Old West Museum Gets New Fire Protection

There are no tumbleweeds blowing through its halls, no gunfights taking place in the restrooms. Still, if you're hankering for a taste of the old American West, you'd be hard-pressed to find a more authentic experience than the Gilcrease Museum .

Located just northwest of downtown Tulsa , Okla. , the museum is one of the country's best facilities for the preservation and study of American art and history. It is the product of a lifetime of artifact collecting by Thomas Gilcrease , whose fortune was made in the dusty oilfields of Oklahoma nearly 100 years ago.

Drawing thousands of visitors from around the world for a glimpse into the past, the Gilcrease Museum houses a comprehensive collection of art and artifacts of the American West. The museum also offers an unparalleled collection of Native American art and artifacts, as well as historical manuscripts, documents and maps. Gilcrease tours, workshops, musical events and lectures provide numerous opportunities to expand insight into the museum and the history it presents. And themed gardens have been developed on 23 of the museum's 460 acres to enhance the overall experience.

Several years ago, museum officials were applying for reaccreditation required by the museum's insurer, as well as the Smithsonian Institute, which certifies many of the museum's exhibits for authenticity. As part of the process, it was determined that the museum's existing fire protection system was insufficient and did not comply with the 2003 International Building Code and NFPA 72, both of which are now standard for museums.

Because the museum is a department of the City of Tulsa , the museum was required to secure a number of bids for the job. The successful bid was submitted by Mac Systems, a supplier of fire detection, alarm and suppression, as well as facility communications and security systems. The supplier chose to install the Onyx series of fire controls and devices from Notifier , part of Honeywell International's Automation and Control Solutions Group (ACS).

After careful deliberation, it was decided that Notifier's NFS2-3030 panel with six Signaling Line Circuits ( SLCs ) and UniNet Interface would comprise the heart of the system. The panel is part of the ONYX Series of intelligent fire alarm control panels designed for medium- to large-scale facilities. The panel's modular design and can be configured to a specific project's unique requirements.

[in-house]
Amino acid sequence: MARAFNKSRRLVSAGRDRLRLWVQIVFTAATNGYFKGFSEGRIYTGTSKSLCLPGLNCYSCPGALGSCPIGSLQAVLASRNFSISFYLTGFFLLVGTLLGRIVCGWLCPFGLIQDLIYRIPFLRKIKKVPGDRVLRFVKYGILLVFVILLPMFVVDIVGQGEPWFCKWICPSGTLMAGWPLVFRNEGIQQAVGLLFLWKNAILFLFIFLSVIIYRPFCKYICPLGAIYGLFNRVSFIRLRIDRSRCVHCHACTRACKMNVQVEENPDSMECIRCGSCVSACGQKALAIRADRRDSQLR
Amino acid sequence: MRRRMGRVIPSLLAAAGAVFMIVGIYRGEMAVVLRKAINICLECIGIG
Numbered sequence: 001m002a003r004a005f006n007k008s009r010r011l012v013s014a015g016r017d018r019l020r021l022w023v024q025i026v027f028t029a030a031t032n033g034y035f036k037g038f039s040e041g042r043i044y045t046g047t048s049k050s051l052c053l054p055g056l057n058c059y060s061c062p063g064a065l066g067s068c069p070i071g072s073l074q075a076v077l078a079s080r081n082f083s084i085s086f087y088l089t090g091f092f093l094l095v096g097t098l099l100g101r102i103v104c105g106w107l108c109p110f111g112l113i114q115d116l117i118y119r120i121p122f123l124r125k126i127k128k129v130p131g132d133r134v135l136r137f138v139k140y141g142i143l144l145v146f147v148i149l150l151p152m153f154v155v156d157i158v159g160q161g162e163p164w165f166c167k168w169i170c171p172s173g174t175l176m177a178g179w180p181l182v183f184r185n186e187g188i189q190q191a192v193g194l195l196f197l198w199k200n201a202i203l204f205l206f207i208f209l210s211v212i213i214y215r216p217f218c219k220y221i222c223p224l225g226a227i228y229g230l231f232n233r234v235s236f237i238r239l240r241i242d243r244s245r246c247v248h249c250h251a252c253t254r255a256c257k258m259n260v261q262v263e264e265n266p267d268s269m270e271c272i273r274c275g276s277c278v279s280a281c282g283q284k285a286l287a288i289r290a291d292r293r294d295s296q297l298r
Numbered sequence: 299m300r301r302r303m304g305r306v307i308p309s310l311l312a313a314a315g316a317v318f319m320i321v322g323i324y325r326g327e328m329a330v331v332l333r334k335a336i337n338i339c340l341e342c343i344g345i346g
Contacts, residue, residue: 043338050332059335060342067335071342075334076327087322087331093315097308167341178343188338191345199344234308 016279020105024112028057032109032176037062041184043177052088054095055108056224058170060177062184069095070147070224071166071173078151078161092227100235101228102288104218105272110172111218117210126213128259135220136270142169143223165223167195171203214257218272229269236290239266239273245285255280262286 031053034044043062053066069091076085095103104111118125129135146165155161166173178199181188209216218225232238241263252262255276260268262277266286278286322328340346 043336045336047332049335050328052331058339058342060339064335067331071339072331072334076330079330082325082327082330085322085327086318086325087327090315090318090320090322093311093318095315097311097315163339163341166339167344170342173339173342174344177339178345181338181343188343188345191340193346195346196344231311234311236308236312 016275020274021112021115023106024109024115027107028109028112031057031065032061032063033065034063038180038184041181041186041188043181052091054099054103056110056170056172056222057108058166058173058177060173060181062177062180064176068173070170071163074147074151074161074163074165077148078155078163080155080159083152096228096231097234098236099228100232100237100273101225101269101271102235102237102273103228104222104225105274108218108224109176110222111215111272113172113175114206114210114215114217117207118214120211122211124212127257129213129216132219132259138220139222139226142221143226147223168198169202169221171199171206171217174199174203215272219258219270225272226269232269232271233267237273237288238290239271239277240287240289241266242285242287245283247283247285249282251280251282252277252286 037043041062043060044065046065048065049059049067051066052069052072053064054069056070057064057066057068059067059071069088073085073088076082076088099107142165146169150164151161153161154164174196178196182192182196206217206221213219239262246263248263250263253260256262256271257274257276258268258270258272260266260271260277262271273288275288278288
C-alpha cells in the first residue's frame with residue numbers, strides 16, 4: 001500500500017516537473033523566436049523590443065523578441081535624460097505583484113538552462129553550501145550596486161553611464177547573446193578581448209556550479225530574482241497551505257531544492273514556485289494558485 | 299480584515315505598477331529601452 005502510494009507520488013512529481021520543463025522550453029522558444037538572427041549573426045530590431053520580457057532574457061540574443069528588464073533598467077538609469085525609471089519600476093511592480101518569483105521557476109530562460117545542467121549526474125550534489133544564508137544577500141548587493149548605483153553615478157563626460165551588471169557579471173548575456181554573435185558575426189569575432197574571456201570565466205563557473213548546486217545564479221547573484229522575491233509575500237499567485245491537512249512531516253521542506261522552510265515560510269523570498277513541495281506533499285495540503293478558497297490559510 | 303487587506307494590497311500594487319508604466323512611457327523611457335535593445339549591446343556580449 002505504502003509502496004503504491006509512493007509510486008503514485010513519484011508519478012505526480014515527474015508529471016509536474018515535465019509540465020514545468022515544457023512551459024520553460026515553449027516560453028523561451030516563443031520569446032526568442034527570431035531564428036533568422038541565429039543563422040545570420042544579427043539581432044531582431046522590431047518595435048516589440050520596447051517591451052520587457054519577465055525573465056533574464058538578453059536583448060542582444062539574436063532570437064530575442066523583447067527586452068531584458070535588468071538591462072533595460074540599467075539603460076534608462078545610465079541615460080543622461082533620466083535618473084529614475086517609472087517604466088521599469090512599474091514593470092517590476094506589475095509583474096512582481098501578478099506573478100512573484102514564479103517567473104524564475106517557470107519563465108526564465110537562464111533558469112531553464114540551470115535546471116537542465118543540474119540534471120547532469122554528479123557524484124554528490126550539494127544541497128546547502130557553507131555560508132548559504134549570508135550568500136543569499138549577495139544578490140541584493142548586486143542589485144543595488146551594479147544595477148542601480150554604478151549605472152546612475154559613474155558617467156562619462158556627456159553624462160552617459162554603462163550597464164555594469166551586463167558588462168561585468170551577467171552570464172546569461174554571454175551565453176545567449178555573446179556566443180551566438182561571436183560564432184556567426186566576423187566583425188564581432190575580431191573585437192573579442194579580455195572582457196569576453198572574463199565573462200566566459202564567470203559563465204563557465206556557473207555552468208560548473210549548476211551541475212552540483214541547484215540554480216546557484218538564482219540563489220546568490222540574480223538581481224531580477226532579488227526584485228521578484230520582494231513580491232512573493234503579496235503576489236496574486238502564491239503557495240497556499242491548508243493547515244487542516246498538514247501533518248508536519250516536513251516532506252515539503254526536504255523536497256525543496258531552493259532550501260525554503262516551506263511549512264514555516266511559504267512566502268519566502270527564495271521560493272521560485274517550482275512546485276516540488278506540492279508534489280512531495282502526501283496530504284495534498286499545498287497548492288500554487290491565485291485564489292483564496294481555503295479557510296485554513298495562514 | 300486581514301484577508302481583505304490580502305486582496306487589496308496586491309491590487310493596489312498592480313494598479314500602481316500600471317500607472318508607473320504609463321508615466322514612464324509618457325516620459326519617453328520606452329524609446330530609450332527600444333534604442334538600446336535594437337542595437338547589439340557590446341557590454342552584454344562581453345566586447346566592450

Offering up to 10 SLCs , the panel supports up to 3,180 intelligent addressable devices. In addition, the panel's large 640-character LCD screen presents vital information to operators concerning a fire situation, fire progression, and evacuation details. A maximum of 159 detectors (any mix of ion, photo, laser photo, thermal, or multi-sensor) and 159 modules (N.O. manual stations, two-wire smoke, notification, or relay) per SLC can be integrated with the system.

The Gilcrease installation included 10 remote power supplies, 28 addressable manual pull stations, 26 intelligent heat detectors, 235 photoelectric smoke detectors, 259 intelligent laser smoke detectors, 30 intelligent air duct smoke detectors, eight intelligent photoelectric beam detectors, strobes and alarm horns, and waterflow switches and fire sprinkler valve supervision switches.

Interfacing with the system is the UniNet 2000, an advanced network that allows users to monitor and control security, fire, card access, CCTV, and other facility information over a proprietary LonWorks network. A PC workstation is the operator interface to the UniNet system, featuring plug-in applications and allowing continued expansion of workstation and network functions. The workstation features customizable screens and has the ability to monitor multiple local device networks and remote sites.

“The installation was completed in just nine months,” says Roger Harmon, the director of security at the Gilcrease Museum . “The system is working even better than we expected, and has already paid for itself many times over. It has already detected one problem in an overheating transformer that could have been disastrous.”